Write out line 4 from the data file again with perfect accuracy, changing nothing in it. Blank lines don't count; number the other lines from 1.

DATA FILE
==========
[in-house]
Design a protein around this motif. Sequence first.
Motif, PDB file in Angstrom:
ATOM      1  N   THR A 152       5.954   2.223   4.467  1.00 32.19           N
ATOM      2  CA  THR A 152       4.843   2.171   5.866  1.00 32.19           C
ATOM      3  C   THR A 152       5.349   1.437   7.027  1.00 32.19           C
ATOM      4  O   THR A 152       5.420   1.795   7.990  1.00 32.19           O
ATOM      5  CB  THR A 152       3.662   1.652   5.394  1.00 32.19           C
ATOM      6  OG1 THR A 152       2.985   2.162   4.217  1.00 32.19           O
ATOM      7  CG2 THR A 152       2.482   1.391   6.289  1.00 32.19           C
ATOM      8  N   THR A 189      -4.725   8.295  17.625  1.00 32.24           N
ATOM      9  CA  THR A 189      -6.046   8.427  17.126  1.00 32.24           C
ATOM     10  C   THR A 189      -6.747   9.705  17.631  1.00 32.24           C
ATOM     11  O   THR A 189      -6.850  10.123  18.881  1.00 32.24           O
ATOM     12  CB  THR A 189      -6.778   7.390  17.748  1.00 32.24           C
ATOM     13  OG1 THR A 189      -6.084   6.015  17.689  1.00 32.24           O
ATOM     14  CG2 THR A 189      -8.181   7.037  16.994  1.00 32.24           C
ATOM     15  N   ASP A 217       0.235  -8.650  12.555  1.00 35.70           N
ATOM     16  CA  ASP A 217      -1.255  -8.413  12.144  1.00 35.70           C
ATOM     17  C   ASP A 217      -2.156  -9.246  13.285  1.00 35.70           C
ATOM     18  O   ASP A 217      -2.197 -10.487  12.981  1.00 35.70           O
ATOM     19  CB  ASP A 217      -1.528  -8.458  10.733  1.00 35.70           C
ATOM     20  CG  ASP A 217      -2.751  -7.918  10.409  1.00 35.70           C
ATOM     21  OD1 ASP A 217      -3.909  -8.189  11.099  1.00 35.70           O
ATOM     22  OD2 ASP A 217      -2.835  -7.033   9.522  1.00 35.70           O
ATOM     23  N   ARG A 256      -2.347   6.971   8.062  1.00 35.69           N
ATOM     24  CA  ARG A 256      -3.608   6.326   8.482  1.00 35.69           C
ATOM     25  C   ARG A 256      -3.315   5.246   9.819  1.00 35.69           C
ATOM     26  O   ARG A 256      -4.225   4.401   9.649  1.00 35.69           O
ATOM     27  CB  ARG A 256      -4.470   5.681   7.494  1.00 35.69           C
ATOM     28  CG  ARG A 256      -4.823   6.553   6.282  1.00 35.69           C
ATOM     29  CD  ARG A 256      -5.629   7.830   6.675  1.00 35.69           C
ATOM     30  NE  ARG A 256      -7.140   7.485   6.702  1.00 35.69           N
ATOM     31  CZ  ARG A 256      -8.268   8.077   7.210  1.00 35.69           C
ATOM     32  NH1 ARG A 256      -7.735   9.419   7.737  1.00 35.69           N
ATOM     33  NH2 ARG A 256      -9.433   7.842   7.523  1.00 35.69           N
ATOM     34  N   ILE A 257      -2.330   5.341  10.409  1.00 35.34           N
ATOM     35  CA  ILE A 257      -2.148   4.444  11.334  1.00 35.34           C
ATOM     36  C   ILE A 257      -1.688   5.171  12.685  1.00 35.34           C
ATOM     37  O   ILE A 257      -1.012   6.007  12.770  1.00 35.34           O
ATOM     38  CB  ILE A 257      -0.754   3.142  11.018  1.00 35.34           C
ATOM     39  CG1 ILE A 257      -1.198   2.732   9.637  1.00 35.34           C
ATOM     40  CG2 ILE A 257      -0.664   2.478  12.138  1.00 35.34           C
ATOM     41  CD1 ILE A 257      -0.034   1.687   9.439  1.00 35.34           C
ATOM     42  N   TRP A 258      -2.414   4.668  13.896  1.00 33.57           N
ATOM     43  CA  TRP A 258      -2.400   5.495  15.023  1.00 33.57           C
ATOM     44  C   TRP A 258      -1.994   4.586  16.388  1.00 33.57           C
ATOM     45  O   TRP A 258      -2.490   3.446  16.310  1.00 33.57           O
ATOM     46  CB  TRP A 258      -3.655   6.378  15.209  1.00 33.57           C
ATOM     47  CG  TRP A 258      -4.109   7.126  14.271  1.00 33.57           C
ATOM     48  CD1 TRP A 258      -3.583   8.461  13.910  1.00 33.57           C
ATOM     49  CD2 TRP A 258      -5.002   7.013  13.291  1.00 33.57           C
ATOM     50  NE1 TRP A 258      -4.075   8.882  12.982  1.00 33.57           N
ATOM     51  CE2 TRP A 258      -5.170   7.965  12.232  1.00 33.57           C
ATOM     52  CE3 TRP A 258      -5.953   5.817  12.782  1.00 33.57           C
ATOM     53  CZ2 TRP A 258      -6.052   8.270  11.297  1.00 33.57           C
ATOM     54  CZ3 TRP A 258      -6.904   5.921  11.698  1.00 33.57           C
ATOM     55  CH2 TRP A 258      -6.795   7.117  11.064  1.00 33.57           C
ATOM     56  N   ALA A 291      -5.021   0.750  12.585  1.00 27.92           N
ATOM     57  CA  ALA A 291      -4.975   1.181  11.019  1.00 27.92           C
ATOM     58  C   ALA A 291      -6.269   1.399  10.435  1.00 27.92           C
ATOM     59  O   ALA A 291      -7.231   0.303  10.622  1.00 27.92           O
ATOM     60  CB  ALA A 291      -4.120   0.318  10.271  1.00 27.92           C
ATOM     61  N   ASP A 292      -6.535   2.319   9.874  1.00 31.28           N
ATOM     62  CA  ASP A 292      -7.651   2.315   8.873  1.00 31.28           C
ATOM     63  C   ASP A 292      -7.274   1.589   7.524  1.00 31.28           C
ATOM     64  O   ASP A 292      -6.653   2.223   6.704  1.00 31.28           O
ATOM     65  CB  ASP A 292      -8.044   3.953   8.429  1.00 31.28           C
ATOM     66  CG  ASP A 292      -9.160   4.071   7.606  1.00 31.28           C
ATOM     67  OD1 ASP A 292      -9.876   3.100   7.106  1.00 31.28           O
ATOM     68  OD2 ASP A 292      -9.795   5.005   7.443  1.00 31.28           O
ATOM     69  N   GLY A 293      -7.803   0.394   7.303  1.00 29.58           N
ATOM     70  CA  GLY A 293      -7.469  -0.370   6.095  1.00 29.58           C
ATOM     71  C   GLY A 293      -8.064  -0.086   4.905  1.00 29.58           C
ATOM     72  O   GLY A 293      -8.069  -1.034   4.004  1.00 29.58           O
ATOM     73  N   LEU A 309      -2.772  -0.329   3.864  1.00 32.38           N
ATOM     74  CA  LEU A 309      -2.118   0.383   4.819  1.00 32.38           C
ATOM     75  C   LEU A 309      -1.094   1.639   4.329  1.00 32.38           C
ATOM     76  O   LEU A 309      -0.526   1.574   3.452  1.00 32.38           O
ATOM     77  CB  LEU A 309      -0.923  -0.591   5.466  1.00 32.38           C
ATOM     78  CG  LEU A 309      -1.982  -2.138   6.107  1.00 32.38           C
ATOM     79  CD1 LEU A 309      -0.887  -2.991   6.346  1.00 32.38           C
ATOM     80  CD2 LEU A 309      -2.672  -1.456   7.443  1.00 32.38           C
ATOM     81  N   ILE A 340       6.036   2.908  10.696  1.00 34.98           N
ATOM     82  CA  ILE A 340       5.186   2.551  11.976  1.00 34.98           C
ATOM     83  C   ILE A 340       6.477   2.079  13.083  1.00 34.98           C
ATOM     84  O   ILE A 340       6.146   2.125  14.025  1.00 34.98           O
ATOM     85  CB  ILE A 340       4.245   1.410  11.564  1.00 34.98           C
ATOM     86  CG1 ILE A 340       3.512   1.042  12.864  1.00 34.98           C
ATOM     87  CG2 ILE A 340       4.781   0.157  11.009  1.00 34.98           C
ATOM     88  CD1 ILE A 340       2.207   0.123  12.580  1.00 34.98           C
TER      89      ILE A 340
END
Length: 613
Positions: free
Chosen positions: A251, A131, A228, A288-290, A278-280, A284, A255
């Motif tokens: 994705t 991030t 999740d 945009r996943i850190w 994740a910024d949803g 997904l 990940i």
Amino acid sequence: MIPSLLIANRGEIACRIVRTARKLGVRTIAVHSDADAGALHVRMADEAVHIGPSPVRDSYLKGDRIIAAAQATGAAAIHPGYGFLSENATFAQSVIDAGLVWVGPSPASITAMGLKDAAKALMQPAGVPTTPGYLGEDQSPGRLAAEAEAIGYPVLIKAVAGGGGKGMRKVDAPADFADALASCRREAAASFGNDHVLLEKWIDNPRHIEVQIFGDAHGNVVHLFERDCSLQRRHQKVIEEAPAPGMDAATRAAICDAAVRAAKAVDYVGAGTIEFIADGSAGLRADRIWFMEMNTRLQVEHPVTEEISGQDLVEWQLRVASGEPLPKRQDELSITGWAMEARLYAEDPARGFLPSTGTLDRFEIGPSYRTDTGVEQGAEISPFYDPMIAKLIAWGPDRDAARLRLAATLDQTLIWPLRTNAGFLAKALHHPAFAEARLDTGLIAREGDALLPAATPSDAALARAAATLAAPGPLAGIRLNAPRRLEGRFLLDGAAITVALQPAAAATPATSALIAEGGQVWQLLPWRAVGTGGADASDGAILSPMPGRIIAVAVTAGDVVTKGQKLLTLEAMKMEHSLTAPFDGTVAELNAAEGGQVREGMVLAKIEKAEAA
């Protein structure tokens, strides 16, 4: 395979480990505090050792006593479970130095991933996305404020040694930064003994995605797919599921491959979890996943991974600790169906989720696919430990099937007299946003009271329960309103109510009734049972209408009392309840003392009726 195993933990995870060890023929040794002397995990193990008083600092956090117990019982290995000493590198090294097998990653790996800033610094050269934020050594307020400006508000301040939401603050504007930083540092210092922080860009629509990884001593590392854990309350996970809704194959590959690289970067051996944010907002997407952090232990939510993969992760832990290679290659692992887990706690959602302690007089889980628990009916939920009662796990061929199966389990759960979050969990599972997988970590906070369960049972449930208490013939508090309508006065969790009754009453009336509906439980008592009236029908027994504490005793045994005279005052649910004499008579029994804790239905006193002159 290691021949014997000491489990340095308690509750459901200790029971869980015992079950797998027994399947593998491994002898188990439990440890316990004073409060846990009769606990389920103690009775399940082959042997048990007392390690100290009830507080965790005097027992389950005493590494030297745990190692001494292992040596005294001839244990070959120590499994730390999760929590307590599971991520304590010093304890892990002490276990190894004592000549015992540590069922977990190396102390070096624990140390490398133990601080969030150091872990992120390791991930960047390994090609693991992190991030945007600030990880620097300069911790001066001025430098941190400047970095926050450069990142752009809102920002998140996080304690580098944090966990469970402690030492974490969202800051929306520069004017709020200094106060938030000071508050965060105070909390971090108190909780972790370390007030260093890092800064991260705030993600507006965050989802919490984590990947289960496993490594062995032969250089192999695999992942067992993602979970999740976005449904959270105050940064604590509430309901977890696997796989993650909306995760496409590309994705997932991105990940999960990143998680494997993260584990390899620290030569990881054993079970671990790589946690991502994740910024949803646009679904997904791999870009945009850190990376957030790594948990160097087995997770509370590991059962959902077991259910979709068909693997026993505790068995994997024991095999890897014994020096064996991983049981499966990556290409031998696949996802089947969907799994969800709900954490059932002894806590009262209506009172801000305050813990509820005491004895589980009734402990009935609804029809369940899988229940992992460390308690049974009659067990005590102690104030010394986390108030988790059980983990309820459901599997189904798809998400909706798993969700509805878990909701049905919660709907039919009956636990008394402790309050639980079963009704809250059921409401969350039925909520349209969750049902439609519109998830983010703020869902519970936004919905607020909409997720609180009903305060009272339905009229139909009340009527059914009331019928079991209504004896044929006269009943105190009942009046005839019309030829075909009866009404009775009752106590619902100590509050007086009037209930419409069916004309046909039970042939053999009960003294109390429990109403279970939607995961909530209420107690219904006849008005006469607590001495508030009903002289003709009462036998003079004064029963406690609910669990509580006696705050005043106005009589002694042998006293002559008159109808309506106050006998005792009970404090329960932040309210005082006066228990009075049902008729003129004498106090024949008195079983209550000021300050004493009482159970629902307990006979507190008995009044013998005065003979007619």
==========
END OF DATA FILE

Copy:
ATOM      1  N   THR A 152       5.954   2.223   4.467  1.00 32.19           N